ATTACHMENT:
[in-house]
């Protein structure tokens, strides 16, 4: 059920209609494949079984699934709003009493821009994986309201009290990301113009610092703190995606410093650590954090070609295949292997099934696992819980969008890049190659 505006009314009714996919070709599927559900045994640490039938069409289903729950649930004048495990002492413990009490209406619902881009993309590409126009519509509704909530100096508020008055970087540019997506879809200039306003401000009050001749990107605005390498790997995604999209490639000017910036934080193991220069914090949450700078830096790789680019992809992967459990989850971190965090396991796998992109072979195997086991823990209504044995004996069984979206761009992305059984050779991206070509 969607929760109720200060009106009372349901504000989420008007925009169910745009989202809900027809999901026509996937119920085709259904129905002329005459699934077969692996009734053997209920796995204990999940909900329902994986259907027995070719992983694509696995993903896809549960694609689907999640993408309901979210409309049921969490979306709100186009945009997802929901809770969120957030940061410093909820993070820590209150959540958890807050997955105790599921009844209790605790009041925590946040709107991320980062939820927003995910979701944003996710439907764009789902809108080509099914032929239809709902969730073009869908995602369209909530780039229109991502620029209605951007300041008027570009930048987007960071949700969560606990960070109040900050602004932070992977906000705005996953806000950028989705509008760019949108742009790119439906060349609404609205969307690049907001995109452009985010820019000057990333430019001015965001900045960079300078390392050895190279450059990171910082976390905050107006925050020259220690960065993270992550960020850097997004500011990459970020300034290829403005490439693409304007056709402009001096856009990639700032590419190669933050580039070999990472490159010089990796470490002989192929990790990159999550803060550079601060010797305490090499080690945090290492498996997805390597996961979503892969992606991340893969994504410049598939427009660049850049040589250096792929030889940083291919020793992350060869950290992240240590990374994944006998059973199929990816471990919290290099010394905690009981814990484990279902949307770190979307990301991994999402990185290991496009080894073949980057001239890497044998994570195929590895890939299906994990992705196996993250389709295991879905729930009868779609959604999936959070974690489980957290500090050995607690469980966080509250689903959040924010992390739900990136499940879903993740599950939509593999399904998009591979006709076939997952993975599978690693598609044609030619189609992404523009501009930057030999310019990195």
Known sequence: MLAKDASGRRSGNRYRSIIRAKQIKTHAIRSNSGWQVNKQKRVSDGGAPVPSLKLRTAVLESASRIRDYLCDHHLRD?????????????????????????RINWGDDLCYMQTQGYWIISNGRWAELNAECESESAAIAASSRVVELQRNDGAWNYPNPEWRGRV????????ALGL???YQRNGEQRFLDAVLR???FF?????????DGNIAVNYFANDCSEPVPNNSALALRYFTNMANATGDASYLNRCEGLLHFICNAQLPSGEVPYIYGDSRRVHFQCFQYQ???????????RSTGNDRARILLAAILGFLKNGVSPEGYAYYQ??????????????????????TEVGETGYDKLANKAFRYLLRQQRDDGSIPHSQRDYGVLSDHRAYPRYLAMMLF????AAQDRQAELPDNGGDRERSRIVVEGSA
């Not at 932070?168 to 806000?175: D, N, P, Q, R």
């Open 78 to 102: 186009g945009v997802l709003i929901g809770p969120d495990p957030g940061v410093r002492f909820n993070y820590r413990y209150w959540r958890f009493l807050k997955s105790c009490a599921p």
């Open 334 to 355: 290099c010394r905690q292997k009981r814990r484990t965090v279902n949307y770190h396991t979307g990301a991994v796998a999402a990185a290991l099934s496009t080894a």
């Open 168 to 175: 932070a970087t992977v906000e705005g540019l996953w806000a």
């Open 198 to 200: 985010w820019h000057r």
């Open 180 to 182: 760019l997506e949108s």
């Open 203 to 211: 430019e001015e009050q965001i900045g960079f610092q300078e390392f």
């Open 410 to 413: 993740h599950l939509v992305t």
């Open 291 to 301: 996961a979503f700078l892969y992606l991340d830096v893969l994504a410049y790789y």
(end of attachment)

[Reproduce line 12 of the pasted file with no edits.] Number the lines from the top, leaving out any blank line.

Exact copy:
């Open 291 to 301: 996961a979503f700078l892969y992606l991340d830096v893969l994504a410049y790789y």